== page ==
Working Students Look for Career

By Joseph Facundo, John Gardiner and Ryan Persaud

As students, balancing work and school is challenging. Often, Sheridan students work to support themselves or to pay for school expenses. Leading to challenges with being a working student. Many Sheridan Students even struggle to transition from a job to the career they want. From balancing work and school to competing with other promising candidates – the transition from a student worker to a person with a career takes effort. 

Students often feel they have to be intentional with how they balance their lives. “I find it difficult to juggle both [school and work] at the same time, I have to make sure I am on top of everything, and I make myself checklists,” says Visual Arts student Sophia Ramos Gaona.

Simply having a job or doing well in school might not be enough to guarantee a future in a chosen field. Having relevant work experience through co-ops and apprenticeships is sometimes a requirement. “Without a co-op, you are out of luck,” says Bachelor of Film and Television alumnus Cullen McGuirk. “I am thinking about pivoting out of my field of study and going into something different… I want to get into the field of science specifically entomology. And to actually have a job that I am interested in.” With many industry fields being competitive, sometimes simply graduating is not enough to get into the industry you want.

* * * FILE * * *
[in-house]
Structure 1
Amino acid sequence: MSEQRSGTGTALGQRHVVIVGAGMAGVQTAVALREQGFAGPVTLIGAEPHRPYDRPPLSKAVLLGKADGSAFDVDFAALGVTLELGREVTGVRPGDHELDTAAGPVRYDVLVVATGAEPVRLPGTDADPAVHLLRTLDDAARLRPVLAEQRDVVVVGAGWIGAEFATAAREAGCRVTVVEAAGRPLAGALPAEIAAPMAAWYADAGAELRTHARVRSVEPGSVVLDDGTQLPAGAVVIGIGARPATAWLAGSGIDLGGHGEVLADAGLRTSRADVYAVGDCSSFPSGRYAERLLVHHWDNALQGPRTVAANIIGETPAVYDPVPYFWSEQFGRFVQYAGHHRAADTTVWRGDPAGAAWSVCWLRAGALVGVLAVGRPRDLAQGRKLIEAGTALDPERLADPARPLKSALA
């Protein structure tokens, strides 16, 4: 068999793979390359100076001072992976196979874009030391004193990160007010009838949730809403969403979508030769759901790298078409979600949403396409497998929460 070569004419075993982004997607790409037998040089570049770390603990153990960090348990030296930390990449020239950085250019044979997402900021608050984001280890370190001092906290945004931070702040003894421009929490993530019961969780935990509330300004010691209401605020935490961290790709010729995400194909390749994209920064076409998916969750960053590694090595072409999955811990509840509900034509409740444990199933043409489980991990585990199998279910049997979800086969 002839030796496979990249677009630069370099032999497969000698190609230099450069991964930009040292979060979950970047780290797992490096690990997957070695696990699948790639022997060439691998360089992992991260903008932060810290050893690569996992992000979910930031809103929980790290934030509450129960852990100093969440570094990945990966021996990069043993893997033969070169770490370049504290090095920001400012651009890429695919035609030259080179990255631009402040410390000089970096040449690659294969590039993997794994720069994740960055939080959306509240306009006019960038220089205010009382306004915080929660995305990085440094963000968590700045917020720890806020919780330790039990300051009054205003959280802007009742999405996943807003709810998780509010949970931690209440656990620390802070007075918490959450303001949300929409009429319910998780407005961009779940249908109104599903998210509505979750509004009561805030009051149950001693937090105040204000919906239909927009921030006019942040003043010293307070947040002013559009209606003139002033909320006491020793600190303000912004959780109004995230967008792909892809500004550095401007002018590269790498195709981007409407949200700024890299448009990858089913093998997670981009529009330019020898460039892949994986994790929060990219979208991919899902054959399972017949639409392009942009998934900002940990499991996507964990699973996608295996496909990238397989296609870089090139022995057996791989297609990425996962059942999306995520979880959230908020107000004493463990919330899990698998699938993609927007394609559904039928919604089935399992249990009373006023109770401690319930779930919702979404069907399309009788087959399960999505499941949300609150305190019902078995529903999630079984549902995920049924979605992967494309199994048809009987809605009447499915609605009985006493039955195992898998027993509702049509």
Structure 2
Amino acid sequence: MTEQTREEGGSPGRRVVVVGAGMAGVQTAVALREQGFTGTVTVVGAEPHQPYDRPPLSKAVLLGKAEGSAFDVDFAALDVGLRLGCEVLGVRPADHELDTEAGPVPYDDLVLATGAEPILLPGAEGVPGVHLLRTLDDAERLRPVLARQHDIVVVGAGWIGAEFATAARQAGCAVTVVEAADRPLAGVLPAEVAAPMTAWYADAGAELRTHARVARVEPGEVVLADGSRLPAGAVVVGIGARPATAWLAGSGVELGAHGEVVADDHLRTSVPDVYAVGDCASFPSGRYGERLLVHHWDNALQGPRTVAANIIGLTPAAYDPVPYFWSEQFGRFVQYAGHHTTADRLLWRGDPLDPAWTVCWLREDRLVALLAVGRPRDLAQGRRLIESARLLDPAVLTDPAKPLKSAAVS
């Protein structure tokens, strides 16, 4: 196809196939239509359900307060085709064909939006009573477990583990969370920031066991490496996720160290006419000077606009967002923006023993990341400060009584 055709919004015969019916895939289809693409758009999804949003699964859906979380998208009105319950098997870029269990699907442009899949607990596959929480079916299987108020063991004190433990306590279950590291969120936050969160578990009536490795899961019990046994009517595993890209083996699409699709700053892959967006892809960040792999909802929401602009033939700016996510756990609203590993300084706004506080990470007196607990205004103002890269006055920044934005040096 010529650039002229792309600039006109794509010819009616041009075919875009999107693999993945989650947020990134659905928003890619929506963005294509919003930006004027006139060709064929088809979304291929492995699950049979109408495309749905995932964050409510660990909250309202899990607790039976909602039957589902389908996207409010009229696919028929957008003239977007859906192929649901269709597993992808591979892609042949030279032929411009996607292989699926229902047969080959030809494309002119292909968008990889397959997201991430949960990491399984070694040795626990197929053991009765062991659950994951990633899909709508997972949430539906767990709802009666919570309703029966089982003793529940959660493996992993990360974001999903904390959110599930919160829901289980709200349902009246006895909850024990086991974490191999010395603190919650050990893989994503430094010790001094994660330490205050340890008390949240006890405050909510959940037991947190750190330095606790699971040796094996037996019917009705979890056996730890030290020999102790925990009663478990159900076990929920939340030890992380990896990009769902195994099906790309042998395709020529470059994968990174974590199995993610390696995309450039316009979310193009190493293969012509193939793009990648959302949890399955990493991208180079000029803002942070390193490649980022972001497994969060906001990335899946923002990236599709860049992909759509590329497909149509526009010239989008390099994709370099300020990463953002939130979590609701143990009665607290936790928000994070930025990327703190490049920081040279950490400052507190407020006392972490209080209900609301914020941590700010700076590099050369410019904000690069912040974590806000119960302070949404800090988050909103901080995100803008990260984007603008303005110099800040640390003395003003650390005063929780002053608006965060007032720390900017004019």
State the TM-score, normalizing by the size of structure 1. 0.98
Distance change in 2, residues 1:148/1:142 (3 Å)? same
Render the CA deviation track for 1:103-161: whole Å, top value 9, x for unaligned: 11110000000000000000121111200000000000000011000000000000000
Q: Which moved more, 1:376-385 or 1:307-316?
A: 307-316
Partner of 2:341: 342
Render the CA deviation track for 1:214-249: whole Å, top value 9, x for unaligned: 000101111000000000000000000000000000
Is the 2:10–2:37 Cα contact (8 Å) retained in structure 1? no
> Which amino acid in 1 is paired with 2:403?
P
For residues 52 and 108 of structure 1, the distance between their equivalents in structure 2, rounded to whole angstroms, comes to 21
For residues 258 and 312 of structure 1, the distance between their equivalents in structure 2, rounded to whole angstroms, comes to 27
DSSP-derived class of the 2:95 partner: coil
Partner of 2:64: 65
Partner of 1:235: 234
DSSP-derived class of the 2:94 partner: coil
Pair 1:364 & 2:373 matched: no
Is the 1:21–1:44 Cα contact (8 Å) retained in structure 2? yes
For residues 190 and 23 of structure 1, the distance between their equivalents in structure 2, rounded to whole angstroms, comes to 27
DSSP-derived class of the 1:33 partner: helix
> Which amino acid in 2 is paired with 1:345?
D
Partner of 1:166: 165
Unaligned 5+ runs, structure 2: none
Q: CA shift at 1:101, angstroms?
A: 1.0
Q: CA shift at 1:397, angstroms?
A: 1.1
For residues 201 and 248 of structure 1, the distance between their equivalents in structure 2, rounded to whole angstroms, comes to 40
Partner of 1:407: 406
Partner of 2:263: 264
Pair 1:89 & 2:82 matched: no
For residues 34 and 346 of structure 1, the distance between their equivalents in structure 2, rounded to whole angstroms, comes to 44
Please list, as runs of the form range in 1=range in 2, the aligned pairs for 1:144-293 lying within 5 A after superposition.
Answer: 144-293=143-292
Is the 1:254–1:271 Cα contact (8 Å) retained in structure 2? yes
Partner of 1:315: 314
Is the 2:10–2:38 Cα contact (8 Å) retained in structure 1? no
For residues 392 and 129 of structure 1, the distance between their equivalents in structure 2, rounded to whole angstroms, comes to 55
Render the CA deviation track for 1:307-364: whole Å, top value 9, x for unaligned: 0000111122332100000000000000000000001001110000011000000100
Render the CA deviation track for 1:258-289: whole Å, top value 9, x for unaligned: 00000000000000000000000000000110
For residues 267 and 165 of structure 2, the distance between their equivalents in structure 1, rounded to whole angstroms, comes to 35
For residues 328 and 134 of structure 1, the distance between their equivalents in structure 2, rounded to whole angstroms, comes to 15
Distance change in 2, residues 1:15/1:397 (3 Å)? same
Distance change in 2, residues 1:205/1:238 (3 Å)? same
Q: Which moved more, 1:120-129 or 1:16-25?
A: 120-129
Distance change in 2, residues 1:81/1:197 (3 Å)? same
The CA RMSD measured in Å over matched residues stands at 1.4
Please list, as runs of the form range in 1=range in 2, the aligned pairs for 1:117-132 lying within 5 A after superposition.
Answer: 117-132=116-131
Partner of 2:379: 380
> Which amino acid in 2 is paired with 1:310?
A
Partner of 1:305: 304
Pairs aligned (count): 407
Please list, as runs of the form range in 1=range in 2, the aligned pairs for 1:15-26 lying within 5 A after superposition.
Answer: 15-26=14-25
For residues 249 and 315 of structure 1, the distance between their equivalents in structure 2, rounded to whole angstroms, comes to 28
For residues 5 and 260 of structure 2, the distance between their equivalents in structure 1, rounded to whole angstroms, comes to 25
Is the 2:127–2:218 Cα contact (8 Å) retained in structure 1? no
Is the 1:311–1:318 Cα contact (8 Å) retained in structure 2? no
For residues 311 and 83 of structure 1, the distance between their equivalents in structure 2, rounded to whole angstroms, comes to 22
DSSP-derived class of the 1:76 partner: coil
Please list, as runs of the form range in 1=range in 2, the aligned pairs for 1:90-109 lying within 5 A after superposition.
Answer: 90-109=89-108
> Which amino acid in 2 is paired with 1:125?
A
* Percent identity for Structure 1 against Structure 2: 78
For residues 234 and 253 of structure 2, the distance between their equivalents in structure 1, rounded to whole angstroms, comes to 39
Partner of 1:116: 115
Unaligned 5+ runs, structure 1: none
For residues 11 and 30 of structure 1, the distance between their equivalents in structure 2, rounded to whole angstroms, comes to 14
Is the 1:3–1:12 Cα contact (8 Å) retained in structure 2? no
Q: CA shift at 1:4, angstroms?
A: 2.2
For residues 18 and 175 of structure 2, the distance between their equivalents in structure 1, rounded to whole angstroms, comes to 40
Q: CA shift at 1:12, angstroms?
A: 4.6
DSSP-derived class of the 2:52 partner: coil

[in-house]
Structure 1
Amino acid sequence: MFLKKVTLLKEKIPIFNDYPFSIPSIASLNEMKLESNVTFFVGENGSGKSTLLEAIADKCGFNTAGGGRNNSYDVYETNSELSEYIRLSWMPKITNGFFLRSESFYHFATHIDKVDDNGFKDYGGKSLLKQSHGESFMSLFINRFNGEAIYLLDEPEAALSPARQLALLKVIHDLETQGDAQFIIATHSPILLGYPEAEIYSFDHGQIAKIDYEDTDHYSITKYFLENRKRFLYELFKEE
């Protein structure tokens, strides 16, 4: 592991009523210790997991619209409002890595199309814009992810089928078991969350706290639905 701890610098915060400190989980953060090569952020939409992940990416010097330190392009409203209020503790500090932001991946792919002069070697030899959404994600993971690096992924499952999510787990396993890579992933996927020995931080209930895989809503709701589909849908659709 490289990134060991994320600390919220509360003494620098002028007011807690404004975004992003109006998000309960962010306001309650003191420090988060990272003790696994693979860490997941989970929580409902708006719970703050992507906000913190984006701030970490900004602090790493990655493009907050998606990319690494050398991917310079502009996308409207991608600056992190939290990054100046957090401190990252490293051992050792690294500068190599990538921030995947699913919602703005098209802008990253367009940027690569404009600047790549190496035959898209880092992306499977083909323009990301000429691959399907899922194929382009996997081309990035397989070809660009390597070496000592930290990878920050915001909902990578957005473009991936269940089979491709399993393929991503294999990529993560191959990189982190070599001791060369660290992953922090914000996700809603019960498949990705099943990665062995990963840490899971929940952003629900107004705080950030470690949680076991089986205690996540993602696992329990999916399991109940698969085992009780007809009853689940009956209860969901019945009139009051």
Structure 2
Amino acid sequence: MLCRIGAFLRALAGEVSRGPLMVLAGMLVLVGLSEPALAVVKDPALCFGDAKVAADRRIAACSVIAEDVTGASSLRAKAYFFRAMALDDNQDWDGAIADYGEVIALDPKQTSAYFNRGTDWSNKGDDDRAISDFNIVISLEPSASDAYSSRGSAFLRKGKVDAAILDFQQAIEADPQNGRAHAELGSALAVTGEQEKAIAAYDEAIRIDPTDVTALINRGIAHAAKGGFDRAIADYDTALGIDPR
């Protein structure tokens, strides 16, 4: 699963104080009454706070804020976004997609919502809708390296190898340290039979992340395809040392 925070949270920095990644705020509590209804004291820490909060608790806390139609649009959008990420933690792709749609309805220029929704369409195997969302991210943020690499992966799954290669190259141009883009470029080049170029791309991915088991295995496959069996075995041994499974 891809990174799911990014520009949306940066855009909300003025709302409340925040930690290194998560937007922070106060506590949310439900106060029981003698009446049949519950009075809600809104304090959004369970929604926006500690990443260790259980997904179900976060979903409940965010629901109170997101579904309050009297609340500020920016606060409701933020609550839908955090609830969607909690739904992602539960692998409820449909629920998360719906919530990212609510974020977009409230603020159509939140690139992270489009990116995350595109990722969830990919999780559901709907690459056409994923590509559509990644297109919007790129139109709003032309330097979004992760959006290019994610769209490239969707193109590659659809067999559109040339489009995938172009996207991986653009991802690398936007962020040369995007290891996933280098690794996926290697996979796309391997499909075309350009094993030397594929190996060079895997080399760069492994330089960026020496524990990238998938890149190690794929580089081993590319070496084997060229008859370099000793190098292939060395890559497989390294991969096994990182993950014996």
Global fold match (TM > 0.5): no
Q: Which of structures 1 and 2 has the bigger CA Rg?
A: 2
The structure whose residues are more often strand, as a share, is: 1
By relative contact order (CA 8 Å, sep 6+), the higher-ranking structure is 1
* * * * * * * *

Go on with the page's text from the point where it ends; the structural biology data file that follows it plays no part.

According to Ontario Colleges, 75.5 per cent of graduates find full-time jobs in 2022. Those full-time jobs are not always related to what they studied. Many graduates like Cullen choose to change their careers entirely. 

It is not always the industry’s fault though. Often students don’t use the resources available to them. “To get noticed by employers, you need to be visible. So many students fail to create a LinkedIn profile that is professional,” says Employment Consultant Stacy Nyamali.

Recruiters often have automated systems that detect keywords, educational qualifications and job titles. So, it is important to make sure to fix the profile. After creating a professional LinkedIn it is important to reach out to potential recruiters to showcase one’s skills. As often, it is all about confidence. “Quite often students worry that a lack of work experience can hinder their employment opportunities, but it boils down to a great attitude and the ability to confidently show the employer you can do the tasks they require in a valued employee,” says Nyamali.

Whether it is resources such as Linked In or possible connections one might make while at school. It is important to overcome any discouragement as adults who are continuously trying to grow. 

To aid you in that growth, students can address their career concerns by reaching out to the resources that Sheridan provides like the Sheridan Works website. Sheridan Works is where you can get connected to internships, jobs and career counselling. Visit or email to book an appointment.

Two Sheridan Trafalgar students share their struggles in college life. The balance between their classes, their jobs and their well-being.
How to find a job through Sheridan! by John Gardiner